Piety, Poetry, and Politics: Sufi Muslims in
South Asia

April 28–30, 2011
Washington, D.C.

April 28: Johns Hopkins University SAIS
April 29: Library of Congress
April 30: Freer and Sackler Galleries, Smithsonian Institution

Present wherever there are Muslims, Sufis seek to personally experience the divine through art, music, poetry, self-discipline, and contemplation. This interdisciplinary conference explores the religious, political, and cultural manifestations of Sufism in South Asia, home to a third of the world’s Muslim population, where Sufis have had a strong presence for almost a millennium.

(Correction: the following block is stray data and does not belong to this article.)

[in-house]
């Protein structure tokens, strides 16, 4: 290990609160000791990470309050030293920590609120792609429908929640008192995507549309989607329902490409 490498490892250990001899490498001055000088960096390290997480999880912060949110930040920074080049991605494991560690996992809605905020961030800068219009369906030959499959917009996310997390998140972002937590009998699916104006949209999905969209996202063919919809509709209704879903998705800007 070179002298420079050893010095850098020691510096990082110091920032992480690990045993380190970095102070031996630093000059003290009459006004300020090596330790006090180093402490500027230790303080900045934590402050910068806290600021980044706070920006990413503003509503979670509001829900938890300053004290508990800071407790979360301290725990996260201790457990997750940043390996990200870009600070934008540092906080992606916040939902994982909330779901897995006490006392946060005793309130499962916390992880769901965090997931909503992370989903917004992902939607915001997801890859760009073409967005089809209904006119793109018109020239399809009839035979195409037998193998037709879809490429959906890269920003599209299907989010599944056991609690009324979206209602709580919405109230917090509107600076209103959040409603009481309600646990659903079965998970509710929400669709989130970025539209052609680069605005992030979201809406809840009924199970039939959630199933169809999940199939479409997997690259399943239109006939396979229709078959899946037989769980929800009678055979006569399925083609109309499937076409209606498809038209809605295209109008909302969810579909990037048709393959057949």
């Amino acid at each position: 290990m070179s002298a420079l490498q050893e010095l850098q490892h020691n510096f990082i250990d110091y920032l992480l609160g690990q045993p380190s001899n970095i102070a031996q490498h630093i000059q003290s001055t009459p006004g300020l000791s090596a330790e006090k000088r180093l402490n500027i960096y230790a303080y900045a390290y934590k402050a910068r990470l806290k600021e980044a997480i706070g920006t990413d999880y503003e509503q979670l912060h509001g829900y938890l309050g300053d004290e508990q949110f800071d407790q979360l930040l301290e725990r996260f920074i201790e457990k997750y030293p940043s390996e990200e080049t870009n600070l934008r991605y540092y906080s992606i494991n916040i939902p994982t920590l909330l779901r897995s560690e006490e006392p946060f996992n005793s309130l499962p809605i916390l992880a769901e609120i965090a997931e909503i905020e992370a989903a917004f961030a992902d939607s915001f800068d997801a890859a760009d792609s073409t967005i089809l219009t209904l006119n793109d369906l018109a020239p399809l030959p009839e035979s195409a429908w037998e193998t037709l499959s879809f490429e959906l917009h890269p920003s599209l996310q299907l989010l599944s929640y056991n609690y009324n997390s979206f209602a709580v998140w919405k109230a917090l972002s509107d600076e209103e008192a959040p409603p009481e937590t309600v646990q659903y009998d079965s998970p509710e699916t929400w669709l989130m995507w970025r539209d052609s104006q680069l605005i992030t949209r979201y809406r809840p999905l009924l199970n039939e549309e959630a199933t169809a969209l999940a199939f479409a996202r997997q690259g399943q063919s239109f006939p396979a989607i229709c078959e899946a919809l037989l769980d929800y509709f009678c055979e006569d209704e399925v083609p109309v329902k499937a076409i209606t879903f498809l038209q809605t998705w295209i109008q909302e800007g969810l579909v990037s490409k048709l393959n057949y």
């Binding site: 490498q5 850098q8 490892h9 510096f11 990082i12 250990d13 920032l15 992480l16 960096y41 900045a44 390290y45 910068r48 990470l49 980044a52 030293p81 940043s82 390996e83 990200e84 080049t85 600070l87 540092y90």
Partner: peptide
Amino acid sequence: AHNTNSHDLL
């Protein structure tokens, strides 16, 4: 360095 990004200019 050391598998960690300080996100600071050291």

Though it is often described monolithically as Islamic mysticism or spirituality, Sufism is remarkably diverse. Its definition has been debated both within and outside Islamic circles for centuries. The conference speakers—Sufis, scholars, and policymakers—enter this debate by presenting new perspectives on Sufi identities, their social roles in South Asia and worldwide, and issues confronting Sufis today.

The conference was free and open to the public.


An Ascetic

An Ascetic
India, Deccan Plateau, 17th century
7.1 x 4.3 cm
Watercolor, ink, and gold on paper
Gift of Charles Lang Freer F1907.762